When I heard about the new Prince of Persia
game mid 2008 and, later on, saw how pretty it looked, I was so giddy I had to get a change of pants. The new pants weren't quite as comfortable as the pair I had been wearing several minutes before, but that was alright because there was going to be a new Prince of Persia game and that was awesome.
I didn't actually play the game until July this year, more than seven months after it had come out and four months after they released the actual ending of the game that you had to pay extra cash for (which, might I add, is complete bullshit). It's not that I lost interest in the game, the whole time it was out I would mutter to myself on occasion "You know, I should play that new Prince of Persia
game, whatever it's called." No, I was just strapped for cash, and I still am, so buying games is not a luxury I get to enjoy too often and renting is out of the question because I like to explore every facet of a game when I play one, and five days was in no way ample time for such a manner of playing.
When I did finally get my hands on a copy of the game, I was prepared to devote an entire afternoon to basking in the glory of the new Prince of Persia
title. Eventually real life got the better of me and I ended up only playing for about two hours that day, but over the span of several weeks I would finally work my way toward beating the game and getting to the ending that would appear if you payed an extra fifteen dollars. When I finally did reach the end credits of the game, I was left with a bad taste in my mouth, and not because of the non-ending. There was something about the game that was just so... familiar...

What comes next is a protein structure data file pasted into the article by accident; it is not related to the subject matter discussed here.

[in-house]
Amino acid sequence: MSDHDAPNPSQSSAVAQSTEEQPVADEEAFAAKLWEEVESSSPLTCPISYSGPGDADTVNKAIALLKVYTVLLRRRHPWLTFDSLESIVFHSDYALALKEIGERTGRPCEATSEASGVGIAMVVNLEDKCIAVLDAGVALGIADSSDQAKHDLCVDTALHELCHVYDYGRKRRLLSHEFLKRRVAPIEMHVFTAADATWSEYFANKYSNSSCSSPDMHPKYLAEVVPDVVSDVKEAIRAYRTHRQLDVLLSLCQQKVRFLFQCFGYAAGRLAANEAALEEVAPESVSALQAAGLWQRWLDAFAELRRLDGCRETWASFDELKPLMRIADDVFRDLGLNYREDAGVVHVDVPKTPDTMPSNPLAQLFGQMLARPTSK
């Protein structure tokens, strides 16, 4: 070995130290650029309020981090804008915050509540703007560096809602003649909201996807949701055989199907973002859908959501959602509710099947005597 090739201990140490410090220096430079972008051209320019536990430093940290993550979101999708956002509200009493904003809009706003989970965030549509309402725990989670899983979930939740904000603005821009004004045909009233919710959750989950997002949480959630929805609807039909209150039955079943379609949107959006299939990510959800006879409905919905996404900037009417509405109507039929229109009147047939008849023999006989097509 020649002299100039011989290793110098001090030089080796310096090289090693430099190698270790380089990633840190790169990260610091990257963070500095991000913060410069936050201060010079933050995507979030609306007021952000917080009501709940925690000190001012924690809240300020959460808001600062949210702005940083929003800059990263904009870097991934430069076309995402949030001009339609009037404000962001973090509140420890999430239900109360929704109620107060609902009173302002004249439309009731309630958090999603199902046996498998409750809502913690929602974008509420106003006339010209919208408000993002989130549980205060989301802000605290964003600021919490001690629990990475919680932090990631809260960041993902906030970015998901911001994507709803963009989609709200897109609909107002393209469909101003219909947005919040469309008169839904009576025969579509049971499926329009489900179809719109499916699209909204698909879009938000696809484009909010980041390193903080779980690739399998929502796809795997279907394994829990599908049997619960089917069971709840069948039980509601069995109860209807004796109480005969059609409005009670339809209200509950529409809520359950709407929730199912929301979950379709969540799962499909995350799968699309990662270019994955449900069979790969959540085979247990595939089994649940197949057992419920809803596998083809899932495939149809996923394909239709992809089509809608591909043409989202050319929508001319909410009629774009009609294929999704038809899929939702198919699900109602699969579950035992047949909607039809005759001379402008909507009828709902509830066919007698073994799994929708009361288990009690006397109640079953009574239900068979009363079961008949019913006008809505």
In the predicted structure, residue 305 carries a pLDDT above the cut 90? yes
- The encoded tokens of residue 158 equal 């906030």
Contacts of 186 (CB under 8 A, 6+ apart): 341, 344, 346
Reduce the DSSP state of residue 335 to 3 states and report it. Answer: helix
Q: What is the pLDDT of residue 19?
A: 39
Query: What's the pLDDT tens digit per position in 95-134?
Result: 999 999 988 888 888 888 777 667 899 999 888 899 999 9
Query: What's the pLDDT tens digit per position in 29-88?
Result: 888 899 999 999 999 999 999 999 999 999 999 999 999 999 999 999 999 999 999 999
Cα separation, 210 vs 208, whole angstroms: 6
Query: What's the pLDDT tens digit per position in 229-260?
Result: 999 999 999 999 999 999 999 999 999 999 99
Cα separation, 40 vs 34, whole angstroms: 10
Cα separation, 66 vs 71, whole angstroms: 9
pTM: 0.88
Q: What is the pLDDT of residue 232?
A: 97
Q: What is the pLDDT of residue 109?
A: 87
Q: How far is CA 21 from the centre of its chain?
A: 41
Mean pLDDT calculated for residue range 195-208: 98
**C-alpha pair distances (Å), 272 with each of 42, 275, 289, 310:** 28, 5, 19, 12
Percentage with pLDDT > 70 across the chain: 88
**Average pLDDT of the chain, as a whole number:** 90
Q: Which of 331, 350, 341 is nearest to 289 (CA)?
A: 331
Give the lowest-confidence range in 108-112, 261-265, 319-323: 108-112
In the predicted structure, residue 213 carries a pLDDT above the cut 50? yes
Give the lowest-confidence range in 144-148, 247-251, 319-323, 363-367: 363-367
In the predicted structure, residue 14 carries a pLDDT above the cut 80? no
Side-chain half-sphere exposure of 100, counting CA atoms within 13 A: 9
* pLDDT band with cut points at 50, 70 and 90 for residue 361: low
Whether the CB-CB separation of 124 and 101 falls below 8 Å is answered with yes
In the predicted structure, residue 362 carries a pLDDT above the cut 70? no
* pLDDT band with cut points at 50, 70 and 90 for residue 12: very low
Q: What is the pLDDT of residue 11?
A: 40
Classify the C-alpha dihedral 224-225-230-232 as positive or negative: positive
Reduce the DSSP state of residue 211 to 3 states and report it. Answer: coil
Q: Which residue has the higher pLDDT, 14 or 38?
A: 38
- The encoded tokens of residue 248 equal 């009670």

To illustrate a point, allow me to explain the unnamed character who isn't royalty but is nonetheless named "The Prince" in the latest installment of Prince of Persia.
"The Prince" is a daring adventurer who has had various escapades and has explored the world far and wide seeking treasure from forgotten tombs, and has gained knowledge of the world and how it works from his past journeys. He is an aloof, fun-loving character who is thrown into a bad situation involving an ancient, abandoned city. The wise-cracks and one-liners come aplenty, but he has the ability to show his serious side, and he doesn't really go too in-depth about his past. He seems selfish at first, but reveals himself to have a good heart and a conscience. He is voiced by Nolan North.
Now, allow me to describe the character of Nathan Drake, main character of 2007 Playstation 3 exclusive title Uncharted: Drake's Fortune
, a game that is so far one of my favorite games of this generation.
Nathan Drake is a daring adventurer who has had various escapades and has explored the world far and wide seeking treasure from forgotten tombs, and has gained knowledge of the world and how it works from his past journeys. He is an aloof, fun-loving character who is thrown into a bad situation involving an ancient, abandoned city. The wise-cracks and one-liners come aplenty, but he has the ability to show his serious side, and he doesn't really go too in-depth about his past. He seems selfish at first, but reveals himself to have a good heart and a conscience. He is voiced by Nolan North.
Throughout the entire time I played Prince of Persia